Secraft Aluminum Servo Horns - Protect Your Servos Without Sacrificing Precision.
One of the greatest benefit of aluminum servo horns is the strength, rigidity & precision that aluminum has to offer - especially so with modern flybarless helicopters, which place great demands on servo arms during aggressive flight. However, with an upside, there is always the inevitable downside - rigid aluminum servo arms tend to transfer forces directly to the servos in a crash, resulting in stripped servo gears.
If this has been your past experience, you will love the design layout of Secraft servo horns - servo arms designed for maximum strength & rigidity in flight, which translates into precision where it counts. However, when those inevitable crashes occur, the Secraft arms differ, as the channeled cutaway of the servo arm is designed to fail, rather than transmitting the crash energy to expensive and difficult to replace servo gears, saving you time, money, and getting you in the air that much quicker.
Utilizing a large channeled cutout with a locking screw for maximum torque, these aluminum servo arms are strong when they need to be, yet give when overloaded, allowing your servos to be spared - all without the sacrifice of flexible, fail prone plastic servo horns that simply cannot be trusted in high servo load applications.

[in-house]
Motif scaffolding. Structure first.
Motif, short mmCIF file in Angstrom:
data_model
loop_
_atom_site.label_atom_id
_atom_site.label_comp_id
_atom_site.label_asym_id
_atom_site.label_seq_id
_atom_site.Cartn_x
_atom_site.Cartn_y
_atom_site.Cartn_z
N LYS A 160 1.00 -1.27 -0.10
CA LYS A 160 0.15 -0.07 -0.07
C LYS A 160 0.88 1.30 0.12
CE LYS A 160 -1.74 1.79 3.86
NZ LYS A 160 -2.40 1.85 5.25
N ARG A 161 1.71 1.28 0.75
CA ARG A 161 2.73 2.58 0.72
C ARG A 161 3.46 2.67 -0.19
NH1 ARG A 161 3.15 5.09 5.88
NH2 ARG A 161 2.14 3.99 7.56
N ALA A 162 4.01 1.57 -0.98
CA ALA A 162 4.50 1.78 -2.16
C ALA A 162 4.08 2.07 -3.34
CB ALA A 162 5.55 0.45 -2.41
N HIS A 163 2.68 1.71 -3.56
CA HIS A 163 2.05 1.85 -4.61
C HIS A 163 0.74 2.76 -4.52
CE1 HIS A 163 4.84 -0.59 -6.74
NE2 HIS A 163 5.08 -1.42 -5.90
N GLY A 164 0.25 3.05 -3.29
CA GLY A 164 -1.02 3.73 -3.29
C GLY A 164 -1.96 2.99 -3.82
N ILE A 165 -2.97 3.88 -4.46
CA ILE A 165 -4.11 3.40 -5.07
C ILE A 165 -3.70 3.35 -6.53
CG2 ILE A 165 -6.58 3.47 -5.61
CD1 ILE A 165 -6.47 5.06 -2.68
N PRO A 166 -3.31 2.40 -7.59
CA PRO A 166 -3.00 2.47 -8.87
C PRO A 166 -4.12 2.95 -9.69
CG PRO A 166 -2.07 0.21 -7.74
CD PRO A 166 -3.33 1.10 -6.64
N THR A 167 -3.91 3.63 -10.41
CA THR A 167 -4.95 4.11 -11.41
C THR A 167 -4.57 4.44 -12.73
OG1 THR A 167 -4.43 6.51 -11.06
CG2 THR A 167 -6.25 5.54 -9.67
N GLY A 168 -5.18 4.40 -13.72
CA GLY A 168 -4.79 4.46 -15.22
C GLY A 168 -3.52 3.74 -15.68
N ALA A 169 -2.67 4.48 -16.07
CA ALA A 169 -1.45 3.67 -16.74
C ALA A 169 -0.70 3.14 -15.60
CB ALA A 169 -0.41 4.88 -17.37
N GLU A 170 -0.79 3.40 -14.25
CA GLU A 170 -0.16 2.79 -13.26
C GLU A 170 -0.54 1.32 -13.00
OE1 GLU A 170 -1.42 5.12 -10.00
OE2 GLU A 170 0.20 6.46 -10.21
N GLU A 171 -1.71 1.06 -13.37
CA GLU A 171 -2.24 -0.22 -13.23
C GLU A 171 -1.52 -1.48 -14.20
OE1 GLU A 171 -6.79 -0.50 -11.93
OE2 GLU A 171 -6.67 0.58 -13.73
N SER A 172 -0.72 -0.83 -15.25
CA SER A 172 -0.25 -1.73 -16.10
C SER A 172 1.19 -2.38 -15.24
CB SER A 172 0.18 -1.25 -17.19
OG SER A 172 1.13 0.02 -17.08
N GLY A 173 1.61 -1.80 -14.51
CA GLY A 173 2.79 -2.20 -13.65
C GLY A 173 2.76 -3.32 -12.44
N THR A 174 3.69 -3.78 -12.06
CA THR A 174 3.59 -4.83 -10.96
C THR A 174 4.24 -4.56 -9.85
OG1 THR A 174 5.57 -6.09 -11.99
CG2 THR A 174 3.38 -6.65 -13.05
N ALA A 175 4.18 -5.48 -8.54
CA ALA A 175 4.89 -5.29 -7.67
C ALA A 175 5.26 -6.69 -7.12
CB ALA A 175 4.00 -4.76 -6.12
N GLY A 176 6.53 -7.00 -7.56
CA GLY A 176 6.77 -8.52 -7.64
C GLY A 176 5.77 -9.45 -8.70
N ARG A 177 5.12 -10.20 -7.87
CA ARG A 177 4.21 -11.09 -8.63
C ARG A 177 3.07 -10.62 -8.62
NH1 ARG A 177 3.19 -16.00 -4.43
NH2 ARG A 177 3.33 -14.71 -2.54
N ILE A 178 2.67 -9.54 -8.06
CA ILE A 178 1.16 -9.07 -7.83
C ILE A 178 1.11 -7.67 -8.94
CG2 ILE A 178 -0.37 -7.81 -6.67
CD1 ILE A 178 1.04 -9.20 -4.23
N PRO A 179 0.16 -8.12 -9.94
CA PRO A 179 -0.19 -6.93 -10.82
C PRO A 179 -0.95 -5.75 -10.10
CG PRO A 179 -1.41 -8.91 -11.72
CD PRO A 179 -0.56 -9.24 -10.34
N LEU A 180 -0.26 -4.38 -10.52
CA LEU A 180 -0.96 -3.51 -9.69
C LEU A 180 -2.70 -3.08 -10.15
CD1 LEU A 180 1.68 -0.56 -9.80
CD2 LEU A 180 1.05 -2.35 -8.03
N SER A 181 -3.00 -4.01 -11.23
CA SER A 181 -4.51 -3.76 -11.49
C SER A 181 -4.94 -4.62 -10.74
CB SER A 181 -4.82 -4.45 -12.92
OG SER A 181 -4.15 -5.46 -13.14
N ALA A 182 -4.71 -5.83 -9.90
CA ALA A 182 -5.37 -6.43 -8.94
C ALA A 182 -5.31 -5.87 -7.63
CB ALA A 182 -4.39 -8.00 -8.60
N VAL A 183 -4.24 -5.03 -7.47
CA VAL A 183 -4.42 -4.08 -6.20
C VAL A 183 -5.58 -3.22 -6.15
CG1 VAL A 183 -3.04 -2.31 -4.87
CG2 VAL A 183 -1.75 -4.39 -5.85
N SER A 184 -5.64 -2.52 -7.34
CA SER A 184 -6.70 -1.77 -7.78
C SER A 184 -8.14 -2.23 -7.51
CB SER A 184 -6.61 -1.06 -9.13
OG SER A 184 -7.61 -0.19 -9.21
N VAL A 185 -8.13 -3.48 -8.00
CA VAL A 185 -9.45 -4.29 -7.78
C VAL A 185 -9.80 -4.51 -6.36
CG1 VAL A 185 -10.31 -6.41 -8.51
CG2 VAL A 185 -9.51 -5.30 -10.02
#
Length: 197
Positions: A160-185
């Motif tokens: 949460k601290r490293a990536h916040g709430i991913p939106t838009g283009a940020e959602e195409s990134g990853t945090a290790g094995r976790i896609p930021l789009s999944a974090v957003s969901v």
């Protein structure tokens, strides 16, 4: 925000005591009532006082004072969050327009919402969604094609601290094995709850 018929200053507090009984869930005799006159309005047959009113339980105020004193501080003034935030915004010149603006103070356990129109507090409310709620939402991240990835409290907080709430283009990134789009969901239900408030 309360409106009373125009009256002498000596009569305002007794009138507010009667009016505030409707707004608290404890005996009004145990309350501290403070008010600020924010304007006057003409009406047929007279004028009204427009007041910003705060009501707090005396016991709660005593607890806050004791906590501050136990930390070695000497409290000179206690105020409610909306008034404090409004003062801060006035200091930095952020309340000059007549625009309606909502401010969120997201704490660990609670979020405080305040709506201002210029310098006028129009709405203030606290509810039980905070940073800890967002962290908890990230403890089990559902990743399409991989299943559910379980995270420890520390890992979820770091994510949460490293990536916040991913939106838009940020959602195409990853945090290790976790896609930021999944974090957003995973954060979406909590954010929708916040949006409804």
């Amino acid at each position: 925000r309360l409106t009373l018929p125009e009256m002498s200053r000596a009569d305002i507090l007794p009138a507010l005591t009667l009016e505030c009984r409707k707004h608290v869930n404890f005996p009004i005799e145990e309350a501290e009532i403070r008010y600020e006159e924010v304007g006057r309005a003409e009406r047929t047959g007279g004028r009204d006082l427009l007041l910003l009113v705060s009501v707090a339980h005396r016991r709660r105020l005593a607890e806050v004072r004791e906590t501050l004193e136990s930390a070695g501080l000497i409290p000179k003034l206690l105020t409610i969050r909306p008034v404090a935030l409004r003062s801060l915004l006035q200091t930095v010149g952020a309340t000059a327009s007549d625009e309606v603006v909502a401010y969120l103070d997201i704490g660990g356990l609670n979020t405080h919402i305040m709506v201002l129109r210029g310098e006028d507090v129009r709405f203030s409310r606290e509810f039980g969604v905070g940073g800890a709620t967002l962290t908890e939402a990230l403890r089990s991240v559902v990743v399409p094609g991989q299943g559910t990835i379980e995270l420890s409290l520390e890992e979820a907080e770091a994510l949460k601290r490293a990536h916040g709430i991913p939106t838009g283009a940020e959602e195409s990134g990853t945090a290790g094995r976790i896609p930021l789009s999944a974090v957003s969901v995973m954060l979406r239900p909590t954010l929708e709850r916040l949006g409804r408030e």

Available in multiple colors & sizes, Secraft servo arms are available for Futaba, Hitec & JR servos, allowing you to find the perfect application needed for your next flight.
(1) Aluminum Servo Arm (Hardware Not Included)
Application: JR / 23T
Horn Screw Size: 2.0mm (Not Included)
Material: 6061-T6 Anodized Aluminum
19mm From Output Shaft to Ball Link
* Follow aircraft manufacturers recommendation for servo horn control setup
* Use thread lock compound on all metal to metal screws
* Install linkage ball on bottom of servo arm (when / where possible)
All crashes have their own dynamic, and no crash is ever the same. These arms are designed to fail when needed in order to protect your servo gear train, but due to the many variables involved, servo gear damage is still a possibility.